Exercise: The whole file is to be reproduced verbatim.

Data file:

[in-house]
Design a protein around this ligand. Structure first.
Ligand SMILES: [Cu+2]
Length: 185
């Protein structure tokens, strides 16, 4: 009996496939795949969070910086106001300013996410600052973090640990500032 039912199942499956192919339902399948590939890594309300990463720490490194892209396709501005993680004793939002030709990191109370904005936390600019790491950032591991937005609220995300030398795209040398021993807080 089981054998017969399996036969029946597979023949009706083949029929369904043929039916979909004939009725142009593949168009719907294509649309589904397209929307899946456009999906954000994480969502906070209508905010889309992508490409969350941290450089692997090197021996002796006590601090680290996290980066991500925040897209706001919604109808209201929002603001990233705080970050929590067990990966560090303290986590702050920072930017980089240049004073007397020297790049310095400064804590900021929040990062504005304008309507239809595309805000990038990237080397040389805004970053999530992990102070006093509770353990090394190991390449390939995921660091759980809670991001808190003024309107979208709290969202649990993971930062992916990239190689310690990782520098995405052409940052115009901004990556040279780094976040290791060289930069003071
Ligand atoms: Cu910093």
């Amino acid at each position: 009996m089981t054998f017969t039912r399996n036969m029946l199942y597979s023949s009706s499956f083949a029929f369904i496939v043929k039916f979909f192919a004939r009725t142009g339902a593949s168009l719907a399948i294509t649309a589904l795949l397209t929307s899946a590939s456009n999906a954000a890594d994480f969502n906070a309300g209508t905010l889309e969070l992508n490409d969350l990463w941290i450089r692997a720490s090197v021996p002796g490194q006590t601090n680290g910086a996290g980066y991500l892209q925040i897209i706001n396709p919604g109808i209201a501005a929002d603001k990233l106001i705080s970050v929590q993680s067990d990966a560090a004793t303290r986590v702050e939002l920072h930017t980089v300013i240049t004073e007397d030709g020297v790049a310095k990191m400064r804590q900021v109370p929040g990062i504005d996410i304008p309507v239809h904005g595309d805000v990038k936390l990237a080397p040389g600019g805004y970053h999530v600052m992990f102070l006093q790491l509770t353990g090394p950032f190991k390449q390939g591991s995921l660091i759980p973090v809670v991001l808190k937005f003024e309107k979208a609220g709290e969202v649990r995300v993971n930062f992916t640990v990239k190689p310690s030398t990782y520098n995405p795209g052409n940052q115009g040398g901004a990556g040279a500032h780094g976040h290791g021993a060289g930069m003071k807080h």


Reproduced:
[in-house]
Design a protein around this ligand. Structure first.
Ligand SMILES: [Cu+2]
Length: 185
């Protein structure tokens, strides 16, 4: 009996496939795949969070910086106001300013996410600052973090640990500032 039912199942499956192919339902399948590939890594309300990463720490490194892209396709501005993680004793939002030709990191109370904005936390600019790491950032591991937005609220995300030398795209040398021993807080 089981054998017969399996036969029946597979023949009706083949029929369904043929039916979909004939009725142009593949168009719907294509649309589904397209929307899946456009999906954000994480969502906070209508905010889309992508490409969350941290450089692997090197021996002796006590601090680290996290980066991500925040897209706001919604109808209201929002603001990233705080970050929590067990990966560090303290986590702050920072930017980089240049004073007397020297790049310095400064804590900021929040990062504005304008309507239809595309805000990038990237080397040389805004970053999530992990102070006093509770353990090394190991390449390939995921660091759980809670991001808190003024309107979208709290969202649990993971930062992916990239190689310690990782520098995405052409940052115009901004990556040279780094976040290791060289930069003071
Ligand atoms: Cu910093």
């Amino acid at each position: 009996m089981t054998f017969t039912r399996n036969m029946l199942y597979s023949s009706s499956f083949a029929f369904i496939v043929k039916f979909f192919a004939r009725t142009g339902a593949s168009l719907a399948i294509t649309a589904l795949l397209t929307s899946a590939s456009n999906a954000a890594d994480f969502n906070a309300g209508t905010l889309e969070l992508n490409d969350l990463w941290i450089r692997a720490s090197v021996p002796g490194q006590t601090n680290g910086a996290g980066y991500l892209q925040i897209i706001n396709p919604g109808i209201a501005a929002d603001k990233l106001i705080s970050v929590q993680s067990d990966a560090a004793t303290r986590v702050e939002l920072h930017t980089v300013i240049t004073e007397d030709g020297v790049a310095k990191m400064r804590q900021v109370p929040g990062i504005d996410i304008p309507v239809h904005g595309d805000v990038k936390l990237a080397p040389g600019g805004y970053h999530v600052m992990f102070l006093q790491l509770t353990g090394p950032f190991k390449q390939g591991s995921l660091i759980p973090v809670v991001l808190k937005f003024e309107k979208a609220g709290e969202v649990r995300v993971n930062f992916t640990v990239k190689p310690s030398t990782y520098n995405p795209g052409n940052q115009g040398g901004a990556g040279a500032h780094g976040h290791g021993a060289g930069m003071k807080h």